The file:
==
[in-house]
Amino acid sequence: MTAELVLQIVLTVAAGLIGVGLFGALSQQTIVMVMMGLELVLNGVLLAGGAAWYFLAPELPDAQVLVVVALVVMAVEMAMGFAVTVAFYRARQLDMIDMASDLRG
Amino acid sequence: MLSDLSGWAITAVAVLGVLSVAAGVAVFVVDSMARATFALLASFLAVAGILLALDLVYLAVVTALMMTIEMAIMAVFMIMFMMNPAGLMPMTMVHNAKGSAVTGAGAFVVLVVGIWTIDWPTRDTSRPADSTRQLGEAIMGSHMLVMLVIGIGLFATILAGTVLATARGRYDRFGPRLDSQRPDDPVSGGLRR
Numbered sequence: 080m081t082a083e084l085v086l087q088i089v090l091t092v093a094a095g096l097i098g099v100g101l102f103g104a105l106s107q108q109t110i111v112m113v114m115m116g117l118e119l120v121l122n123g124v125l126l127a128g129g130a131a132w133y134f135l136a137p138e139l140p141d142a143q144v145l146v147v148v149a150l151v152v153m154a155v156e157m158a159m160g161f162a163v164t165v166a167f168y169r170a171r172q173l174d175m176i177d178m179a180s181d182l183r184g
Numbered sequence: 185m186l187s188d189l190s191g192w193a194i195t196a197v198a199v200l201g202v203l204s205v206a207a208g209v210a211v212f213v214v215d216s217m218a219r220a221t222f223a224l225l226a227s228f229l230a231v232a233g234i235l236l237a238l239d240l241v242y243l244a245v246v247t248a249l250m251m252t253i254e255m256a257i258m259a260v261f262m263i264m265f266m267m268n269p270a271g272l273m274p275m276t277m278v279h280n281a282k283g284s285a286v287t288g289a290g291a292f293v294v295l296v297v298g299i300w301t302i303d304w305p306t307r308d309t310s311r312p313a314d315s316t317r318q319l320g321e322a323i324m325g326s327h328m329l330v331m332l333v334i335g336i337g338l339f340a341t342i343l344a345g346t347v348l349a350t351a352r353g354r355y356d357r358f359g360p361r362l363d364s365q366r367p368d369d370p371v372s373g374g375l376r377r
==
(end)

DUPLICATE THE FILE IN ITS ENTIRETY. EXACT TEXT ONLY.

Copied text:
[in-house]
Amino acid sequence: MTAELVLQIVLTVAAGLIGVGLFGALSQQTIVMVMMGLELVLNGVLLAGGAAWYFLAPELPDAQVLVVVALVVMAVEMAMGFAVTVAFYRARQLDMIDMASDLRG
Amino acid sequence: MLSDLSGWAITAVAVLGVLSVAAGVAVFVVDSMARATFALLASFLAVAGILLALDLVYLAVVTALMMTIEMAIMAVFMIMFMMNPAGLMPMTMVHNAKGSAVTGAGAFVVLVVGIWTIDWPTRDTSRPADSTRQLGEAIMGSHMLVMLVIGIGLFATILAGTVLATARGRYDRFGPRLDSQRPDDPVSGGLRR
Numbered sequence: 080m081t082a083e084l085v086l087q088i089v090l091t092v093a094a095g096l097i098g099v100g101l102f103g104a105l106s107q108q109t110i111v112m113v114m115m116g117l118e119l120v121l122n123g124v125l126l127a128g129g130a131a132w133y134f135l136a137p138e139l140p141d142a143q144v145l146v147v148v149a150l151v152v153m154a155v156e157m158a159m160g161f162a163v164t165v166a167f168y169r170a171r172q173l174d175m176i177d178m179a180s181d182l183r184g
Numbered sequence: 185m186l187s188d189l190s191g192w193a194i195t196a197v198a199v200l201g202v203l204s205v206a207a208g209v210a211v212f213v214v215d216s217m218a219r220a221t222f223a224l225l226a227s228f229l230a231v232a233g234i235l236l237a238l239d240l241v242y243l244a245v246v247t248a249l250m251m252t253i254e255m256a257i258m259a260v261f262m263i264m265f266m267m268n269p270a271g272l273m274p275m276t277m278v279h280n281a282k283g284s285a286v287t288g289a290g291a292f293v294v295l296v297v298g299i300w301t302i303d304w305p306t307r308d309t310s311r312p313a314d315s316t317r318q319l320g321e322a323i324m325g326s327h328m329l330v331m332l333v334i335g336i337g338l339f340a341t342i343l344a345g346t347v348l349a350t351a352r353g354r355y356d357r358f359g360p361r362l363d364s365q366r367p368d369d370p371v372s373g374g375l376r377r